Our day got even stranger when, to get to our next destination, we were led through a tiny door and up flights of a tiny, wooden spiral staircase. In the attic at the top of the stairs we found the Old Operating Theatre. Part museum, part cabinet of curiosities, the Old Operating Theatre was really unique. Then, we were led into what resembled a lecture hall made entirely of wood and filed into rows looking down on to a wooden table. From the gouges in the wood it was clear that this was an operating table and that we were standing in a nineteenth-century operating theatre. It was even more clear that this was the case during the talk we were given on nineteenth century surgery. During the talk our speaker revealed that when the theatre was rediscovered underneath the floorboards workers also found a thick layer of blood-soaked sawdust. When we were told this we quickly volunteered a member of our group -Marissa- to go down to the operating table and help give a demonstration of how an amputation procedure would have been carried out before the introduction of anaesthetic and development of antisepsis. During this talk we also got the chance to handle a few surgical instruments. The lithotomy scoop in particular showed us why it was that patients preferred the fastest surgeons.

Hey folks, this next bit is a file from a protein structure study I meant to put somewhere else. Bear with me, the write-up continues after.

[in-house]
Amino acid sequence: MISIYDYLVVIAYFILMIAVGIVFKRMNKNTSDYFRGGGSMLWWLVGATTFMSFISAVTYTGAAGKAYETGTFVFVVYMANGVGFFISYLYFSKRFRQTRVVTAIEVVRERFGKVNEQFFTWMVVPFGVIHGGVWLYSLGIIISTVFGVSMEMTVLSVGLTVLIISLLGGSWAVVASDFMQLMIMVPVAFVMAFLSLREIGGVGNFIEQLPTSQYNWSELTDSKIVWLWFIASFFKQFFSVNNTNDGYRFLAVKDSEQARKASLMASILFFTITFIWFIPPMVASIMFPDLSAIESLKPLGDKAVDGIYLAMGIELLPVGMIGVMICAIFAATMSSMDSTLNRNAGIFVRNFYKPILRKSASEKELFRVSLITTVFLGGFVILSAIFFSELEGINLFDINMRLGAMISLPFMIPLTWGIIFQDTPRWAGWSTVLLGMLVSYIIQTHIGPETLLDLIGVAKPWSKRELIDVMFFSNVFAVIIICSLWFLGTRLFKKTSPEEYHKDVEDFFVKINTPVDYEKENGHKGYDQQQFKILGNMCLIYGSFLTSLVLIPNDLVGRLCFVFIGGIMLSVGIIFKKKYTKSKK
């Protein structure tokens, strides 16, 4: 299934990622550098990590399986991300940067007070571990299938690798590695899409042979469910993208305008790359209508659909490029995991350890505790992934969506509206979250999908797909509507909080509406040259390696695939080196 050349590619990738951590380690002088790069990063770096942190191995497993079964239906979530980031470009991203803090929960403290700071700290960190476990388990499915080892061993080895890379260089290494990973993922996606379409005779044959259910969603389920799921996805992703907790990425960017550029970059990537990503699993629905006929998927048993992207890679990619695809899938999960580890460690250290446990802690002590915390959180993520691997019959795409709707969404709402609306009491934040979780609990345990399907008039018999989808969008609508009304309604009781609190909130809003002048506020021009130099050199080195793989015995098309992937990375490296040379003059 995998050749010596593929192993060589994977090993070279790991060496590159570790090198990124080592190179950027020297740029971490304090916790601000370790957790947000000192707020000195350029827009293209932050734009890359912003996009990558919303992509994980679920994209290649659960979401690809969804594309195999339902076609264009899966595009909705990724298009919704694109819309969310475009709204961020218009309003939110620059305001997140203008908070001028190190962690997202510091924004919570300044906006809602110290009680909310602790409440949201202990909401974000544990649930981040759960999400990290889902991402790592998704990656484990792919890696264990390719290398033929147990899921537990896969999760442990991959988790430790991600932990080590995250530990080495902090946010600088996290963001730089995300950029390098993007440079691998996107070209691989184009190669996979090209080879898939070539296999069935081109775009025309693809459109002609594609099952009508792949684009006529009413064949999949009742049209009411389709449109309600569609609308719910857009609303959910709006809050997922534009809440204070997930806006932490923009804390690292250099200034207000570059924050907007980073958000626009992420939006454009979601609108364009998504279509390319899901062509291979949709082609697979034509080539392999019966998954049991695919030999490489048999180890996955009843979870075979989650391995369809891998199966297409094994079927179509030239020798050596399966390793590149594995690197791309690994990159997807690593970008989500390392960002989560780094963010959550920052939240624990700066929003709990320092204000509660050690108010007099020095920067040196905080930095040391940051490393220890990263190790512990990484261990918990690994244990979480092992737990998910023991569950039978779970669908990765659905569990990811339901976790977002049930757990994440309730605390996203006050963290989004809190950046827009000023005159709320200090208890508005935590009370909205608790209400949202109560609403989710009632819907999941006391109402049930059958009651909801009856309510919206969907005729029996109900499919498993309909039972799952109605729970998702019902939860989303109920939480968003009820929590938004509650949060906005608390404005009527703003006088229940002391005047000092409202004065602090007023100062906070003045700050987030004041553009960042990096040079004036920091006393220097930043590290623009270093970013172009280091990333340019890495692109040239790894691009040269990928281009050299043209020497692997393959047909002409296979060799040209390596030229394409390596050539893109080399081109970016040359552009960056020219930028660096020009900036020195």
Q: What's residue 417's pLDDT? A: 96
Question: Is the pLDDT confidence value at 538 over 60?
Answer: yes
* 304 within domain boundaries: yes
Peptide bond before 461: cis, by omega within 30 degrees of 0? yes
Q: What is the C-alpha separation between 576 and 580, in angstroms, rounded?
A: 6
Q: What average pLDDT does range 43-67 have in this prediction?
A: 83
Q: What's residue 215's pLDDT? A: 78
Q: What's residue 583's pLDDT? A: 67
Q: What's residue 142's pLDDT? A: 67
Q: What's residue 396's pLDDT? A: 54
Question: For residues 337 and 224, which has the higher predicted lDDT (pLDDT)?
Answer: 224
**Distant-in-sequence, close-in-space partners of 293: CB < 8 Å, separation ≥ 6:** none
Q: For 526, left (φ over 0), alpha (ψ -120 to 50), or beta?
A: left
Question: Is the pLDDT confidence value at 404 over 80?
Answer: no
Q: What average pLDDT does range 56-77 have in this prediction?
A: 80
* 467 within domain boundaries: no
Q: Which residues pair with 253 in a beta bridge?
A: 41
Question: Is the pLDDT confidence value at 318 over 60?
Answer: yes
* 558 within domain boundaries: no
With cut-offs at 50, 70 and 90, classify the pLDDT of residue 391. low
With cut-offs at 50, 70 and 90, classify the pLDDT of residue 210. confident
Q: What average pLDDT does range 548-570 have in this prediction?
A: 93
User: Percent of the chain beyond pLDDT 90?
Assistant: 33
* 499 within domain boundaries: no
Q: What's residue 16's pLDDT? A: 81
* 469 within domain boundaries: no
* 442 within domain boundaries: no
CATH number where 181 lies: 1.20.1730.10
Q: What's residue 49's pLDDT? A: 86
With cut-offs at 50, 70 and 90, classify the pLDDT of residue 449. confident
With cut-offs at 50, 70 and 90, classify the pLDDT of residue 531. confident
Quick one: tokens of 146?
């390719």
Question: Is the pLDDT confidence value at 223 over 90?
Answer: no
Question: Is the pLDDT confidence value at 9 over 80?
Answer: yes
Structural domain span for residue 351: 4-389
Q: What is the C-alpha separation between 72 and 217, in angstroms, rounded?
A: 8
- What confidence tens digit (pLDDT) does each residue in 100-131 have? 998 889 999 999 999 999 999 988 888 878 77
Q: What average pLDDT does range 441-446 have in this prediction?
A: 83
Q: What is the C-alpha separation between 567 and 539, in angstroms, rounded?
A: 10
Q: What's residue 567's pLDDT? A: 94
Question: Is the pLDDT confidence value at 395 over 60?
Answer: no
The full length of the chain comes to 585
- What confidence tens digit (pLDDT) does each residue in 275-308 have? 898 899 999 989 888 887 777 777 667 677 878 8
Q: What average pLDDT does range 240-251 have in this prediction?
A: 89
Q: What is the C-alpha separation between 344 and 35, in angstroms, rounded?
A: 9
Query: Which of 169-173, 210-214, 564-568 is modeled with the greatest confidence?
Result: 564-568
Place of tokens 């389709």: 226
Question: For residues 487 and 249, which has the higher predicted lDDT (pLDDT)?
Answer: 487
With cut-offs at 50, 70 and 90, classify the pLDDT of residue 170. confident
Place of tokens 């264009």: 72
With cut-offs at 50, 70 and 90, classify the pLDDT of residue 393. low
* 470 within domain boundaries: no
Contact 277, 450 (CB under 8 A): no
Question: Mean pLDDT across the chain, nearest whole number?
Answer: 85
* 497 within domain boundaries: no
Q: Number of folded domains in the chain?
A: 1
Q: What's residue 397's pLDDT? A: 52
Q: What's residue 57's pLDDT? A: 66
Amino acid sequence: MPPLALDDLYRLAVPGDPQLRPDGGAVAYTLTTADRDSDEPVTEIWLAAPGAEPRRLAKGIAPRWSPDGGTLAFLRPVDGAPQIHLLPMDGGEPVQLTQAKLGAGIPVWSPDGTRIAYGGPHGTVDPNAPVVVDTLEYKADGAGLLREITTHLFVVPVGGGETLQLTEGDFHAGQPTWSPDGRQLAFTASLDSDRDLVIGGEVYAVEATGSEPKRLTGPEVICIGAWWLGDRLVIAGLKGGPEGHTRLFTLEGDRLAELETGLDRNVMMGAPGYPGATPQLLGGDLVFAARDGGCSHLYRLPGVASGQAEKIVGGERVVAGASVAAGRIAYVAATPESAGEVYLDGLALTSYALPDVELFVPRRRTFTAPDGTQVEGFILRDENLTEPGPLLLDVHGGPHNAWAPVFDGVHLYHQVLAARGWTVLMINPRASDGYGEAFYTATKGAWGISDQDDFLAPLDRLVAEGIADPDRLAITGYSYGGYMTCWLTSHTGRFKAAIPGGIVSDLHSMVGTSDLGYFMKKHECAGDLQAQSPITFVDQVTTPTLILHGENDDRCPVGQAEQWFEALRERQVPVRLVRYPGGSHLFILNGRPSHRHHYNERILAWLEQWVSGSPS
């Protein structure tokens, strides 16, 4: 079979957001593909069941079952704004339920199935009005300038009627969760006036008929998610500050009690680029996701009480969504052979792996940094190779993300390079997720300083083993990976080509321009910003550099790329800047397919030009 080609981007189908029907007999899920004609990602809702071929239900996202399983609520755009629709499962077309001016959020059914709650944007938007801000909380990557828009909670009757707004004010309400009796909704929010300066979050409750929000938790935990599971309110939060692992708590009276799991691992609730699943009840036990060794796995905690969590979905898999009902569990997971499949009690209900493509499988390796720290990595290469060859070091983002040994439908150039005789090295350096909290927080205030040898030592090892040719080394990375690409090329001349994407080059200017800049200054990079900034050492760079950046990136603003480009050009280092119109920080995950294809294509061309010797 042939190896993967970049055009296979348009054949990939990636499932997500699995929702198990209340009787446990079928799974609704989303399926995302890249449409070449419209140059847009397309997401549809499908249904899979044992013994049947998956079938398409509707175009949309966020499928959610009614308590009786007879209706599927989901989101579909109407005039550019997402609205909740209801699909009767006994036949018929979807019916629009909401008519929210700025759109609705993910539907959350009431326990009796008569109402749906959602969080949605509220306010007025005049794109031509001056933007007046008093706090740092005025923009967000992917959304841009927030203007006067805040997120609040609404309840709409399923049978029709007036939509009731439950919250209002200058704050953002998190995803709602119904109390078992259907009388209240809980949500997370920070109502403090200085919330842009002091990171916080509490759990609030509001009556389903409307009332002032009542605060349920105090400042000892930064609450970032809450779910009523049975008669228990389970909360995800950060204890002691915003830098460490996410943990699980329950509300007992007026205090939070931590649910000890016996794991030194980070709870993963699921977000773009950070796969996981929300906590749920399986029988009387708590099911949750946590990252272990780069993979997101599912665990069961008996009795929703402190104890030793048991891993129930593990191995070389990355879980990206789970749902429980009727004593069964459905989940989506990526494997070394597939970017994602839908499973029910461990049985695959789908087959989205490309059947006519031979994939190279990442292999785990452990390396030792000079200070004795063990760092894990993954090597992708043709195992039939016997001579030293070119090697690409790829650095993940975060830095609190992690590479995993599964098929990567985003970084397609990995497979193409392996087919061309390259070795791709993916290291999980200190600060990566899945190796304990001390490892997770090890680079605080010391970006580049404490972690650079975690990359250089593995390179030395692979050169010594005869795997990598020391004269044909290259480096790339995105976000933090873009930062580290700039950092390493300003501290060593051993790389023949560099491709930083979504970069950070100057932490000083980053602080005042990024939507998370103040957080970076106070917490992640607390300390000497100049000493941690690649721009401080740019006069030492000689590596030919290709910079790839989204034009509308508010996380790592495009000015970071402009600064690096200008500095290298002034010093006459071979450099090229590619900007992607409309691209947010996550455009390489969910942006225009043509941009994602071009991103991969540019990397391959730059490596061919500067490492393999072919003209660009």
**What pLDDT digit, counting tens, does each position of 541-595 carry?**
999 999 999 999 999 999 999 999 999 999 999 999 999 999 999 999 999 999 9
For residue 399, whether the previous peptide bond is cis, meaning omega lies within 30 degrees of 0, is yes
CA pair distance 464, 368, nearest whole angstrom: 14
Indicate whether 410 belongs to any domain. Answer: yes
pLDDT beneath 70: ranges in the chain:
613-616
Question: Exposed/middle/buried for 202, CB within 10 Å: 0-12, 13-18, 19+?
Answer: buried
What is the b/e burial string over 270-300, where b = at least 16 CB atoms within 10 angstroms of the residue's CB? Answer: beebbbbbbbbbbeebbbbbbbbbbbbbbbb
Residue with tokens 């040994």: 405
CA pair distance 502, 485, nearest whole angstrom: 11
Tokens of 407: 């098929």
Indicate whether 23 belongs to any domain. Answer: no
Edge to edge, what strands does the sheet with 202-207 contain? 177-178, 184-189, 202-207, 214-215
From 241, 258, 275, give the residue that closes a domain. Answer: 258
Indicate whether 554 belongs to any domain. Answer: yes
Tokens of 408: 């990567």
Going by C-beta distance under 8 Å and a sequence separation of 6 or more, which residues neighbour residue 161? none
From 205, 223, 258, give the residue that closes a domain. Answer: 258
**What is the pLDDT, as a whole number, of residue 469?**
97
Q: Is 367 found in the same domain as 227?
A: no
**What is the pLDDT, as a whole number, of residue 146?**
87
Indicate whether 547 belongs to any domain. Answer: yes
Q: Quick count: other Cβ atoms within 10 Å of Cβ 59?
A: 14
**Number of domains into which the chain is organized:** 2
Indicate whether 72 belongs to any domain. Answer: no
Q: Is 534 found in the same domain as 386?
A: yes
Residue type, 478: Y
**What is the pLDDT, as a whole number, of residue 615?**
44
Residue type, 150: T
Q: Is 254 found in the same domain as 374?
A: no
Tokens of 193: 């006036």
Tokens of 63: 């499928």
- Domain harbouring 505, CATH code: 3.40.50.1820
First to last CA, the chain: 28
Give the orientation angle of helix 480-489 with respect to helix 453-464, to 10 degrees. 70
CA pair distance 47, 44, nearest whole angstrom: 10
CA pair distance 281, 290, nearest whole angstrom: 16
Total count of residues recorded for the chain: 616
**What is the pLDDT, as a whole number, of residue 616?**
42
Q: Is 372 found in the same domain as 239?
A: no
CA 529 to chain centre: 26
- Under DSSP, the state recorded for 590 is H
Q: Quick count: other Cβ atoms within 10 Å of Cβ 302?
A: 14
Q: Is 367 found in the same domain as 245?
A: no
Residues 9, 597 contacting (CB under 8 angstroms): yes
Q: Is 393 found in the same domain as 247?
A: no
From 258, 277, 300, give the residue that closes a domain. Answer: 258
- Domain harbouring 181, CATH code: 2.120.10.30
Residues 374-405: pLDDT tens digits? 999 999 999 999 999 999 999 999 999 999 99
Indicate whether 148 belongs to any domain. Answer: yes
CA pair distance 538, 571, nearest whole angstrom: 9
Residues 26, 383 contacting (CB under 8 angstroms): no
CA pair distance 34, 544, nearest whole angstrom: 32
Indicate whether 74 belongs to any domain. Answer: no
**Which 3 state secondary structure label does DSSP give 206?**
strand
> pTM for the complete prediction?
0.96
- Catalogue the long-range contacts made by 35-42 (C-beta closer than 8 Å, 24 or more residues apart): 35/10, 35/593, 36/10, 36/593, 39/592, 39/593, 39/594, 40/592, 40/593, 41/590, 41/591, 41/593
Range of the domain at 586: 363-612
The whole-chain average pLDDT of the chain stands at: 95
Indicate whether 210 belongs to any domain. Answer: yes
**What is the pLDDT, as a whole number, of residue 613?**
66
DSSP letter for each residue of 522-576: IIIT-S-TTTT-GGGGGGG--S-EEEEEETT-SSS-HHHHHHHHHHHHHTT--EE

Following the talk we were able to explore the rest of the museum which included collections of surgical equipment, human remains and medicinal herbs giving us an idea of how medicine and illness had been understood in the past. By this time our day was ending and after finding out that the operating theatre and museum were in the attic of the church of the old St. Thomas’ Hospital this suddenly wasn’t a place that you wanted to be left alone in the dark in.

School of History Newsletter: June 2018

The latest edition of our School newsletter, History Today, is now available to download here: History Today June 2018.

Released monthly, the newsletter features the latest news and updates from the School, as well as upcoming events and recent student and staff achievements.

In this issue:

  • The School’s Athena SWAN success
  • Highlights of the academic year 2017/18
  • History academic exhibits work in the British Academy Summer Showcase
  • Report from the MEMS Festival 2018
  • The Gateways Project investigates the Zeebrugge Raid of 1918
  • Get to know our new PA to the Head of School

AHRC CDP Studentship with the National Maritime Museum

The standard tuition fees and stipend (maintenance grant) will be paid by the AHRC to the award holder subject to the eligibility criteria outlined by them. The AHRC stipend for 2018/19 is £14,777 (full-time, pro-rata for part-time) plus an additional stipend of £500 for Collaborative Doctoral Students.